Raise a glass to Sacramento’s newest advanced sommelier, Elizabeth-Rose Mandalou
On July 12, Elizabeth-Rose Mandalou became the third Sacramentan to achieve the coveted and arduous Advanced Sommelier level as awarded by the Court of Master Sommeliers, which was established in 1977 to elevate beverage standards in the dining industry. Mandalou, who is the first local woman to achieve the level, joins the rarified ranks of her mentors—and study partners—Jeremy Reed of Ella and Keith Fergel of Taylor’s Kitchen, both of whom will sit for the even more daunting Master Sommelier exam later this month (the exam is so famously difficult that a film called Somm was made about it in 2013). Not all wine authorities opt to go the certification route, of course, but a growing cadre of local experts are attempting to achieve this prestigious distinction.
Mandalou first honed her craft working under Reed at Ella, and she is co-owner of Woodlake Tavern and Uptown Pizza Kitchen with her husband Deneb Williams, former executive chef at The Firehouse. The couple’s third restaurant, Allora, will open in East Sacramento by early 2018 with a wine-centric seafood menu.
We chatted with Mandalou about the rigorous test, her next big goal, and what she actually loves to drink on a night out.
The three-day-long Advanced Sommelier exam, which is only given once a year, is notoriously difficult to pass. What was it like?
It was intense, but it’s done! I am still whirling today.
The first day we had a mock restaurant where we each had two tables to serve, with two Master Sommeliers at each table. We were given 15 minutes to look over a wine list and a menu to make pairings. They want to know about the regions and the producers. They ask you things you can’t know, just to see how you handle not knowing. They mispronounce things to see if you’ll correct them, because you should never correct someone in your dining room. They set you up. It was intense.
Day two was the blind tasting. Being across the table from three Master Sommeliers and having four minutes per wine is intimidating. The last day was more blind tasting, dessert wines, coming up with clever names for flights and different marketing and business strategies, and then the theory exam, which [covered] everything from aspects of one vineyard to the soil type of a region, to who was this historical person. I thought for sure I’d failed the theory exam.
Were there other Sacramentans sitting for the exam?
There were three other people going for the advanced pin who unfortunately didn’t make it. The three of them [also] tried last year and weren’t successful. I think they’re really tenacious.
What do you think gave you the edge?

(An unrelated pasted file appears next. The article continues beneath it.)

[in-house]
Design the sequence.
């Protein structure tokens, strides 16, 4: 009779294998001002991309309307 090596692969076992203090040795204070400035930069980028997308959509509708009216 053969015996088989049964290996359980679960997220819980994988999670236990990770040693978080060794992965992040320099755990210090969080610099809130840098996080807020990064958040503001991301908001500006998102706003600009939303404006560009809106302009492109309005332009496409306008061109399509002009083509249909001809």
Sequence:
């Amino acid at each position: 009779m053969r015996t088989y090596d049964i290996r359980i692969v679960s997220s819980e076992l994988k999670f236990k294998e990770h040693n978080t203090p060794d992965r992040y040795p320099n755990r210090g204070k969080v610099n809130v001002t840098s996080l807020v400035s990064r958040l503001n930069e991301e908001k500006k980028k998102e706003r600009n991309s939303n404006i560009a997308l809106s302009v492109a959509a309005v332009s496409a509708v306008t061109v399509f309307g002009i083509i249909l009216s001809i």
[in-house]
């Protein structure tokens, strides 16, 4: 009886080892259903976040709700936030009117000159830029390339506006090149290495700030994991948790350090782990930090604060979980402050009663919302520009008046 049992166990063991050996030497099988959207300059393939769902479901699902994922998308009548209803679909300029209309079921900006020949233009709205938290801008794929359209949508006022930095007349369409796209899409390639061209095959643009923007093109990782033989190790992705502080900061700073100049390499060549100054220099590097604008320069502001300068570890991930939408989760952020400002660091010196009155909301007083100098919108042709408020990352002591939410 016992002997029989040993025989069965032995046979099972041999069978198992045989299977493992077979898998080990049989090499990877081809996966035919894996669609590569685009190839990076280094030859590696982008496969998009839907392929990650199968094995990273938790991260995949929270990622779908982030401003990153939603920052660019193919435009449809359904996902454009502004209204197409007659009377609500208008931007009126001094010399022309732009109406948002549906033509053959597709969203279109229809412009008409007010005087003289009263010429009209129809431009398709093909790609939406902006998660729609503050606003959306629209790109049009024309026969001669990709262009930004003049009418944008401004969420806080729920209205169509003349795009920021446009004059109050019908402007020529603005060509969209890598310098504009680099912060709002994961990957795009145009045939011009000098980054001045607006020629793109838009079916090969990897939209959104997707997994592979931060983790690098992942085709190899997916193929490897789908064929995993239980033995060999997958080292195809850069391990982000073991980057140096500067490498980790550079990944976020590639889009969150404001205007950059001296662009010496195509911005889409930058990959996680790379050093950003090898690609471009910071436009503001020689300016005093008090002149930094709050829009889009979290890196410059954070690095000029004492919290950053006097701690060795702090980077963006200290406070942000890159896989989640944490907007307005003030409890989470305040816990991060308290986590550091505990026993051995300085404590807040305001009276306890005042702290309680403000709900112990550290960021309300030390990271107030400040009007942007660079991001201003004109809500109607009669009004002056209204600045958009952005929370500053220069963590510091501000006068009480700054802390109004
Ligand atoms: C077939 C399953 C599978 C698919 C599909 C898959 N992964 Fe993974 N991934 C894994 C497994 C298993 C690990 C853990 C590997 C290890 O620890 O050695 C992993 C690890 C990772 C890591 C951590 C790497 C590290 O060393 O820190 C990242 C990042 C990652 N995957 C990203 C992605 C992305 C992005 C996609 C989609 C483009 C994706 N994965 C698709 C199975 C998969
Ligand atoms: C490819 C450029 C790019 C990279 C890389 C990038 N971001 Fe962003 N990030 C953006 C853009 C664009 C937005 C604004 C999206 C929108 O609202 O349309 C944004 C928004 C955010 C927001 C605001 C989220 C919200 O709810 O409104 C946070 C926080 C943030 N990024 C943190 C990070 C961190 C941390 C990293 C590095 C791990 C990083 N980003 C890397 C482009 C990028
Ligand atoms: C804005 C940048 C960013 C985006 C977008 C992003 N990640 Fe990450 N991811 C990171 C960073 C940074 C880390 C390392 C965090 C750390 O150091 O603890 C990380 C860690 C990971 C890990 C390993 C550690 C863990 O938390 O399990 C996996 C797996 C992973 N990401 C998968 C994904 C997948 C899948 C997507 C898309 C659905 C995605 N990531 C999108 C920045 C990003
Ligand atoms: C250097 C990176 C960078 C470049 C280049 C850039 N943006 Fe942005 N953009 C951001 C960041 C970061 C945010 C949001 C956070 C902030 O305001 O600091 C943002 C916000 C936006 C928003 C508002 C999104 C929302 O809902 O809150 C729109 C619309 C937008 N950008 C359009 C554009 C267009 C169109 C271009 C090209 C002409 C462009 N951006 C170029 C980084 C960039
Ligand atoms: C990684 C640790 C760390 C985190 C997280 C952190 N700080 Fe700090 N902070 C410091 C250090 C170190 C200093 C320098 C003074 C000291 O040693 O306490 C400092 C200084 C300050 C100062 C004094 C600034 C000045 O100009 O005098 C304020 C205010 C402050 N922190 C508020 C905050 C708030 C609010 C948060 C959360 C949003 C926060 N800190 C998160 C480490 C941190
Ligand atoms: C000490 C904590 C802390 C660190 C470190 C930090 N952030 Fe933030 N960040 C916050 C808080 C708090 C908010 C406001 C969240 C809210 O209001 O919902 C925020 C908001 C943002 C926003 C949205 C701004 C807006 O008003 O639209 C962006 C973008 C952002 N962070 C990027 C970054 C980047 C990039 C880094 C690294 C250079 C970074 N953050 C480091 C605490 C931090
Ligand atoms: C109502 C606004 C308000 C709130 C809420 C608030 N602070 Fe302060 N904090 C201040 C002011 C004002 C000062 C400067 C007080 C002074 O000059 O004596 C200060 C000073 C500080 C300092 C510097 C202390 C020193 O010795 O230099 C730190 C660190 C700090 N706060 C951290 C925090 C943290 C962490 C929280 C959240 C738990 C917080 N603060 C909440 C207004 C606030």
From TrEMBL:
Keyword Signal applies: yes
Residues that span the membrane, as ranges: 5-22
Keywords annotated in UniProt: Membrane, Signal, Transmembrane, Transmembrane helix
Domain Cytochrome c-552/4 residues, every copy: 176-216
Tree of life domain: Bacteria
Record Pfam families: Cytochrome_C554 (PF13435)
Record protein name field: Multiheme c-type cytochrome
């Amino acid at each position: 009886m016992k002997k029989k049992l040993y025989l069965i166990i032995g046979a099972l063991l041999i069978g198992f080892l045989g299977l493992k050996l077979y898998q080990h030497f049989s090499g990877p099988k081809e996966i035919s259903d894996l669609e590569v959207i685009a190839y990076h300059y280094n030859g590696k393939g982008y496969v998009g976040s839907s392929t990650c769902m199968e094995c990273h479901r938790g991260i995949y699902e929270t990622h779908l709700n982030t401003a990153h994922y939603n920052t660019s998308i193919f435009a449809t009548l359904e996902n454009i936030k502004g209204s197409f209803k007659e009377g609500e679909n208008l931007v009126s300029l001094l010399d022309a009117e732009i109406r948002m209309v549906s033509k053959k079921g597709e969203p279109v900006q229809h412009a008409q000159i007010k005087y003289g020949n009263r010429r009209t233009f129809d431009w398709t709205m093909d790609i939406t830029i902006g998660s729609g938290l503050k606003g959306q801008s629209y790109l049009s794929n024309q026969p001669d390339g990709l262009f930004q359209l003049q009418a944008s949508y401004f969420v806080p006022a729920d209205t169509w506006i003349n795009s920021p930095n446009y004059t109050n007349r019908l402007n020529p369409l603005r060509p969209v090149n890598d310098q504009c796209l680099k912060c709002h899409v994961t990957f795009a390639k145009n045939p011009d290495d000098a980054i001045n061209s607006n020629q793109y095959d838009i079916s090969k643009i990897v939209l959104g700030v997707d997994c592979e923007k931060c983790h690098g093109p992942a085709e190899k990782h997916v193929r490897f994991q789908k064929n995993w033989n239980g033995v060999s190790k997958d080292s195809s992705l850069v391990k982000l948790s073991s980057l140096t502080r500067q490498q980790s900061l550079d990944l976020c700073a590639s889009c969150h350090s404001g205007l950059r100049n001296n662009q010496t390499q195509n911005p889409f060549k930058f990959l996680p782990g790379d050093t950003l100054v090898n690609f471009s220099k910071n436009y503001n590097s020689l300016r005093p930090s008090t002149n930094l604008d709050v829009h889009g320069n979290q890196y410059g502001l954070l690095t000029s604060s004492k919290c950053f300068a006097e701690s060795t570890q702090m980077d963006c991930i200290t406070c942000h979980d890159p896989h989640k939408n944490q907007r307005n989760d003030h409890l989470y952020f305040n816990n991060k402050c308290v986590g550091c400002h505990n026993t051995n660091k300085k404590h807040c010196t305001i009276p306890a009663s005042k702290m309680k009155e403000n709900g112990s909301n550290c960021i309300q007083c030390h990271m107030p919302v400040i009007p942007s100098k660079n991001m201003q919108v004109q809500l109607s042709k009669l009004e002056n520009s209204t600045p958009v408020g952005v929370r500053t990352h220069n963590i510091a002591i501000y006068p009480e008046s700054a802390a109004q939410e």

Pure unadulterated obsession? [I studied] five to six [hours per day]. I worked with Jeremy and Keith though, so essentially I was studying for the Master’s exam, which they are both sitting for in two weeks. We’d study together once a week. Those guys really got me through it. Deneb calls us “the war buddies.”
How did you learn of the results?
The Master Sommelier who gave me the news asked me, “Do you want the good news first, or the bad news first?” My heart just sank, and I said, “If there’s bad news, I guess the order doesn’t matter.” And he said, “The good news is you passed, and the bad news is that if you want to be a Master next year, you’ve got a lot of work to do.”
The Master Sommelier level has a mind-boggling pass rate—10% just for the theory portion, and there are two rigorous parts after that. Are you going to start studying right away, or take a break?
You know, Deneb probably wants me to take a break, but I have momentum and the information’s still fresh, so I’m going to keep studying, because that’s just what I want to do. I’m going to keep going.
What did you uncork to celebrate?
While we were still in Phoenix [where the exam took place], we did a Ruinart Blanc de Blancs champagne, but after I came home late last night, I went out with Emily McCuiston, our interior designer, and Deneb, and it was tequila the rest of the evening. I needed something more potent than wine. Most of us somms are like that—at the end of the day we really want beer.
How will this new status change your life?
Personally, it’s going to change things because I surprised myself. I wasn’t sure I’d be enough to accomplish this. I learned I need to let some of my self-doubt go. Professionally, I hope this encourages people to come out to the restaurant. Allora is going to be a wine-centric restaurant, and hopefully this will get people curious to come and try it. I think Sacramento is ready.
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